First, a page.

What Is a Risk Assessment for Cybersecurity

by Jake Wengroff
What Is a Risk Assessment for Cybersecurity

With the average cost of a security breach in 2022 standing at $4.25 million, according to IBM, vulnerability can be costly.

And it’s not just unknown, malicious external actors targeting a company’s most precious resources. An assessment is also an opportunity to learn about how employees engage and interact with company assets and resources, to determine where improvements can be made or training is needed. Internal human error — essentially employees who inadvertently enter wrong information or mistakenly grant wrongful access — also present a risk. Verizon’s 2022 Data Breach Investigation Report found that 82% of breaches involve the human element.

As such, in order to prepare for the unknown, companies would benefit from performing a cybersecurity risk assessment. With an assessment in place, companies can have a complete understanding of their assets that are at risk, in addition to existing or potential vulnerabilities and what needs to be done to address them.

Understanding Cyber Risks Faced by Businesses

The Institute of Risk Management defines cyber risk as “any risk of financial loss, disruption or damage to the reputation of an organization from some sort of failure of its information technology systems.” Gartner gives a more general definition: “the potential for an unplanned, negative business outcome involving the failure or misuse of IT.”

Examples of cyber risk include:

  • Theft of sensitive information
  • Damage to hardware and potential lack of access to data
  • Malware, adware, hostageware, and other damaging software and viruses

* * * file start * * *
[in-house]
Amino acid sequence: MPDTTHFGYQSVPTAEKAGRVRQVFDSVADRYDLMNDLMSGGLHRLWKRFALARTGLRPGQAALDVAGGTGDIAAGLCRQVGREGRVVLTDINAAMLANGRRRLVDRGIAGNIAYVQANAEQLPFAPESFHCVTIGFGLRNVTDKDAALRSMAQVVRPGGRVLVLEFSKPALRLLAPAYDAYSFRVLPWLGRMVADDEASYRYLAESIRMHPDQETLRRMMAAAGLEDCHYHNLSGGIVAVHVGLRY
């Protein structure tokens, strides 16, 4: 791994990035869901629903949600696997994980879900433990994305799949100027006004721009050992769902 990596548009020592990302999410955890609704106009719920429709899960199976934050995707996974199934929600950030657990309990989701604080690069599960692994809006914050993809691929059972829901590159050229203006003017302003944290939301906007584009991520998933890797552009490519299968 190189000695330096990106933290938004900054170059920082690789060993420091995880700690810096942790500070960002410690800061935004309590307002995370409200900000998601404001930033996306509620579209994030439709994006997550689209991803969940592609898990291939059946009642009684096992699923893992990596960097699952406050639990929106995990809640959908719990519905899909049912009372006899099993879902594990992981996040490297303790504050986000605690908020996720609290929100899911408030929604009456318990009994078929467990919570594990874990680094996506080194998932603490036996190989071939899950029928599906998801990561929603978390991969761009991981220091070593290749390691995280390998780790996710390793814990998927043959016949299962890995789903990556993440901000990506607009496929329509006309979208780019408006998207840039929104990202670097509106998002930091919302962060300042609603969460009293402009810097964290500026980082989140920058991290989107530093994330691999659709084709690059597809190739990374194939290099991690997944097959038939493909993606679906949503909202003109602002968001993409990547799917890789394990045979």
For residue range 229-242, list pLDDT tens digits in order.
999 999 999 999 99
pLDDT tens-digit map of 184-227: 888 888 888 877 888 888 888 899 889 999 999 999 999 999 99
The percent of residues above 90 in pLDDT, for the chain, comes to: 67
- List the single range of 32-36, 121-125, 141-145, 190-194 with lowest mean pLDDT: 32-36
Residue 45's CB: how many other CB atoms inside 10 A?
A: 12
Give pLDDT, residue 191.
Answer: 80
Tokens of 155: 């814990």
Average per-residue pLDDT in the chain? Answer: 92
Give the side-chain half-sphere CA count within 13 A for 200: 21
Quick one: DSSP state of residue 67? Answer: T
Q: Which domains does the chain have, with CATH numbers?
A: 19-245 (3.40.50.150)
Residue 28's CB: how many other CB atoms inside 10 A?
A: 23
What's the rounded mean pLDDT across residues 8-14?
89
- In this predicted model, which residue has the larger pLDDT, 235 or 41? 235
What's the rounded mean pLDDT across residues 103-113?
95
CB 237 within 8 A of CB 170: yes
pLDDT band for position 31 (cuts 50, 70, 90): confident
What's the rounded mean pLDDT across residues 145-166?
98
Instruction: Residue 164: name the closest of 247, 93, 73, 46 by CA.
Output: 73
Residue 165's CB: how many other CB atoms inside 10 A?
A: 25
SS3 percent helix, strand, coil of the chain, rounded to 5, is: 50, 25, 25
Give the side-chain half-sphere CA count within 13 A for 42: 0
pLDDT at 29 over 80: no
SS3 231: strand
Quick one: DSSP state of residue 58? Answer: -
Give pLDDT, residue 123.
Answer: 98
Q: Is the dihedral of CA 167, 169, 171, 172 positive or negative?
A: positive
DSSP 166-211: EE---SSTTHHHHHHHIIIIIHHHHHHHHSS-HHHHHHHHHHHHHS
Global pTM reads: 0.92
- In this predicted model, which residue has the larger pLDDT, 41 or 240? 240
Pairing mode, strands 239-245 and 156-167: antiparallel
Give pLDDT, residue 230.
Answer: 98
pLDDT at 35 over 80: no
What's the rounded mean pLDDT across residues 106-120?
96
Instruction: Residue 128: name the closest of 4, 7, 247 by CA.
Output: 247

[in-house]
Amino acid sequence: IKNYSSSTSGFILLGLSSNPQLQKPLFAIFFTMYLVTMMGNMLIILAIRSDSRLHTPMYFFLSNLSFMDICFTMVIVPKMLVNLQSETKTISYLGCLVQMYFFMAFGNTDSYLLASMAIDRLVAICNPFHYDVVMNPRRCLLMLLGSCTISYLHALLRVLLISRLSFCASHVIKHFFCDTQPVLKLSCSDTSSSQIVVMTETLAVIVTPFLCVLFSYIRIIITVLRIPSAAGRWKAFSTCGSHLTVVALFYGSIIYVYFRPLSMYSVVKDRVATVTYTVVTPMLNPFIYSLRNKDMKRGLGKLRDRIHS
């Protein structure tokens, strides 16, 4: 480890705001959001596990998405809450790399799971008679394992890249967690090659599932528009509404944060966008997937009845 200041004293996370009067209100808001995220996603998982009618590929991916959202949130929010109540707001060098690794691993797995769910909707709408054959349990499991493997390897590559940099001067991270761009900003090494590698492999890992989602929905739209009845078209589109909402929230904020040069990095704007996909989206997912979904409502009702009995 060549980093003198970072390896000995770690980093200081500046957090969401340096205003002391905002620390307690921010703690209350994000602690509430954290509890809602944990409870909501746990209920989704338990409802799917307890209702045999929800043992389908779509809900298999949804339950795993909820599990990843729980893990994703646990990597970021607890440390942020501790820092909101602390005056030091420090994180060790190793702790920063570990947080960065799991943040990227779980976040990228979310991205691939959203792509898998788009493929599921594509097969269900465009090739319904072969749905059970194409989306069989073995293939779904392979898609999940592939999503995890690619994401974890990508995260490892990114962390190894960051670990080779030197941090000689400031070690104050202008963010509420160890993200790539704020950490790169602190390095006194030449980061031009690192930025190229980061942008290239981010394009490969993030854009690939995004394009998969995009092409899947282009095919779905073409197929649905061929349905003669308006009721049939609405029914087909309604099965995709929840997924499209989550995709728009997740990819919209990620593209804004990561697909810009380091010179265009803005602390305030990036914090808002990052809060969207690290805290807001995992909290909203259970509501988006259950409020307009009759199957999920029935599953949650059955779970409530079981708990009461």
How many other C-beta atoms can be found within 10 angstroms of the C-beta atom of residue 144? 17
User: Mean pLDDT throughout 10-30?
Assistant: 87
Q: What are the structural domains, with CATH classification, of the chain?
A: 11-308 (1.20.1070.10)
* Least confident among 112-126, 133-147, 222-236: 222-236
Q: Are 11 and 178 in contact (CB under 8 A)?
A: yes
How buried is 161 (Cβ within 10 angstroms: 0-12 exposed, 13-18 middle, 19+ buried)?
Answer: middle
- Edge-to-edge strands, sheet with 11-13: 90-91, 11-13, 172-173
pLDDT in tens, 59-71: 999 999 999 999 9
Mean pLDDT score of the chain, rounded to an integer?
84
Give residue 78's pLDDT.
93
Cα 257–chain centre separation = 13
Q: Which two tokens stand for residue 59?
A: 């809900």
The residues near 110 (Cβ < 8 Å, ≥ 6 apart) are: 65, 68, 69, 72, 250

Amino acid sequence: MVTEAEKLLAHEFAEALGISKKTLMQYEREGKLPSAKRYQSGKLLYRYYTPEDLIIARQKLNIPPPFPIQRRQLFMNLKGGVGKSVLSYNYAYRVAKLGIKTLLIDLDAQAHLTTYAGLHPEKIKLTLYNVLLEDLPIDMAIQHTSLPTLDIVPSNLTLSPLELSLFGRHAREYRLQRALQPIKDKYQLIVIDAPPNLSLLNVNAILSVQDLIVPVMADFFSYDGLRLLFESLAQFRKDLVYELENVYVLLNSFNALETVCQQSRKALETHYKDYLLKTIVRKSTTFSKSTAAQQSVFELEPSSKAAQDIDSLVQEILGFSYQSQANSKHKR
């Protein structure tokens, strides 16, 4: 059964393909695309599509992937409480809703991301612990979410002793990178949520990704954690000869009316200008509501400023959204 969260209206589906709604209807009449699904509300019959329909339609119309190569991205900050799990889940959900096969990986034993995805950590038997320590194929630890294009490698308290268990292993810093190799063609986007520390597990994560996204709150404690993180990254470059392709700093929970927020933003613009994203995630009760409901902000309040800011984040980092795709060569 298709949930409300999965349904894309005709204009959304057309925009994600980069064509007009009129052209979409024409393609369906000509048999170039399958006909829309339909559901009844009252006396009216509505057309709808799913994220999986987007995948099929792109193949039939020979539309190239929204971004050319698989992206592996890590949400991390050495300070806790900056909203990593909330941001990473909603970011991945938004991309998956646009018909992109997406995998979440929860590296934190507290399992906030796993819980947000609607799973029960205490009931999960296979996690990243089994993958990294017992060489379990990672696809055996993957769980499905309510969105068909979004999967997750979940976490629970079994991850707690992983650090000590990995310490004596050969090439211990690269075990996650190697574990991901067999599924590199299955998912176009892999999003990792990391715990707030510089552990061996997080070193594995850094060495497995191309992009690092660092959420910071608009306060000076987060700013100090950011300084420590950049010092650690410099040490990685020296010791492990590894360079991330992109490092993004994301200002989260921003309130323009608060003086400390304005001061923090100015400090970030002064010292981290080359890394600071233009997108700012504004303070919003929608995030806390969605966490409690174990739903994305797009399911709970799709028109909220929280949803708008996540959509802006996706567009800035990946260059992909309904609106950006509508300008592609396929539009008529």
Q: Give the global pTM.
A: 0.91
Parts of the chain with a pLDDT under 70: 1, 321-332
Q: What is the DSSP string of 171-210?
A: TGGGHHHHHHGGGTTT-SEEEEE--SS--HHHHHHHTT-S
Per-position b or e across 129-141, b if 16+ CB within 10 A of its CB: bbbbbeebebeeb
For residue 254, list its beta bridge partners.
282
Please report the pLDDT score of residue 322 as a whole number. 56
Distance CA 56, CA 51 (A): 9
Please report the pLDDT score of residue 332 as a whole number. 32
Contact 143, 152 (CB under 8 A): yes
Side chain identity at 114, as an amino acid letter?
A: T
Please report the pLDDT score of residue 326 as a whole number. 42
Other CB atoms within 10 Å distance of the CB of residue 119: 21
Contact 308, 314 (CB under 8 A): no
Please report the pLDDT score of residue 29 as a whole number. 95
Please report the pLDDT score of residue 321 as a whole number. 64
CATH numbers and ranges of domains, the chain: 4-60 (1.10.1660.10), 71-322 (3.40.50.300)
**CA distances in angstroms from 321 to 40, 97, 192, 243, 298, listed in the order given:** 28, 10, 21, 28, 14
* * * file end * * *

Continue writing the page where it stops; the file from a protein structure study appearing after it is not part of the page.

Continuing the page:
• Compromised credentials
  • Failure of the company’s website, mobile apps and other customer-facing digital assets
  • Natural disasters that could damage servers or networks

What Is a Risk Assessment for Cybersecurity?

Cybersecurity risk assessment is the process of identifying and evaluating risks for assets that could be affected by cyberattacks.

By performing an assessment, companies would be able to:

  • Identify both internal and external threats
  • Evaluate their potential impact on data availability, confidentiality and integrity
  • Estimate the damage incurred by a potential cybersecurity incident
  • Cost out the set of tools and strategies to strengthen the security perimeter

A risk assessment is a report card: an evaluation of the current status of risk to the organization’s critical data and assets. However, a cybersecurity risk assessment also serves the purpose of providing recommendations for the future. Identifying current vulnerabilities or threats is important, but without a solid, feasible plan to address potential issues in order to strengthen the organization’s defenses, the risk assessment is of little value.

Cybersecurity Risk Assessment Components

To get started with IT security risk assessment, you need to answer three important questions:

  1. What are your organization’s critical IT assets? (While everything is important, it might be helpful to rank those assets in regard to the level of impact a potential loss or exposure would have on business operations.)